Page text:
The human erythron includes the erythroid bone marrow, where red cells are produced, and circulating red cells. Red cell production is a very dynamic process, regulated by several factors. The most important factor is erythropoietin, which behaves as a true hormone. In fact, erythropoietin is primarily made by a single organ, the kidney, outside the bone marrow and participates in a classic negative feedback control system. Hypoxia is the fundamental physiologic stimulus that increases renal production. Erythropoietin is mainly a survival factor for human erythroid progenitors cells and expands erythropoiesis by acting at this early stage. Serum erythropoietin levels in normal individuals are in the range of 5 to 15 mU/mL. However, levels found in anemic patients cannot be simply compared with normal values but must be evaluated in relation to the degree of anemia, in order to account for the hypoxic stimulus.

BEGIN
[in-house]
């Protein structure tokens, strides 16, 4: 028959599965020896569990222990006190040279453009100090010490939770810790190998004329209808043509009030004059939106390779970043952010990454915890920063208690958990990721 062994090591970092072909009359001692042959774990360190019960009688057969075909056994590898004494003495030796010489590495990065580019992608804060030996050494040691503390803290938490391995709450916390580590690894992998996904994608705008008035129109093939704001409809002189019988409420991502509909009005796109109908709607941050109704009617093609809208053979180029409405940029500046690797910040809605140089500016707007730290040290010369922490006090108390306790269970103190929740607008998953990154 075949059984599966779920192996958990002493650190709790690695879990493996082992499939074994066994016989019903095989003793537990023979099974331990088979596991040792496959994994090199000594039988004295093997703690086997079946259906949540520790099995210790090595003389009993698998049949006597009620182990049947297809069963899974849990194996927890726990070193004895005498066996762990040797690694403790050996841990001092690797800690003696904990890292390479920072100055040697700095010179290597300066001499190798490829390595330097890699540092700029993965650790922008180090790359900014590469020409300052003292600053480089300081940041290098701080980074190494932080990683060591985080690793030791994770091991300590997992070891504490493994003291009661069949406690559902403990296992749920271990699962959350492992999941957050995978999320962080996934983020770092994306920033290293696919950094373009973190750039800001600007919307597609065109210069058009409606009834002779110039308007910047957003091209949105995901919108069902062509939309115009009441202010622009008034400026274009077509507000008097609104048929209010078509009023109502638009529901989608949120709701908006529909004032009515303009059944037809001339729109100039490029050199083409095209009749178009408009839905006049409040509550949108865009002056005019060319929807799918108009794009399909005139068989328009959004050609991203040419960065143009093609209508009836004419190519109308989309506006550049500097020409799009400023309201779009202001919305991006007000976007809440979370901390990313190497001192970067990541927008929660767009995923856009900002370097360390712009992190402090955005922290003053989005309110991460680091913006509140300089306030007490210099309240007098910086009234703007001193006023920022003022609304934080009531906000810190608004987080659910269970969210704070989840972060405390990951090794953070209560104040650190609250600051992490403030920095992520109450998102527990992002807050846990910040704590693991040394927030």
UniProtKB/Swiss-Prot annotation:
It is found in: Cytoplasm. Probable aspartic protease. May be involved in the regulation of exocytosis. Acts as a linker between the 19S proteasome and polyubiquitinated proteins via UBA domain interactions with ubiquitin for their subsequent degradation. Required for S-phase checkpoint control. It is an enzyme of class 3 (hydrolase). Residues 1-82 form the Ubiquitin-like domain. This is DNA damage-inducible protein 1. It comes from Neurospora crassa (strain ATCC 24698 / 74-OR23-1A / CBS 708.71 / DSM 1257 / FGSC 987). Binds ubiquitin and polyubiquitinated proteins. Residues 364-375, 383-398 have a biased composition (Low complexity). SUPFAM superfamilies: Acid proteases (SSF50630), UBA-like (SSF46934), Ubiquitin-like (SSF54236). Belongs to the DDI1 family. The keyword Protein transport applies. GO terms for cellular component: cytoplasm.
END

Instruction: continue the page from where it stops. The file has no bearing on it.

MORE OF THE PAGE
|Translated title of the contribution||Blood hemostasis and erythropoietin|
|Journal||Annali Italiani di Medicina Interna, Supplement|
|Publication status||Published - 1999|
ASJC Scopus subject areas
- Clinical Neurology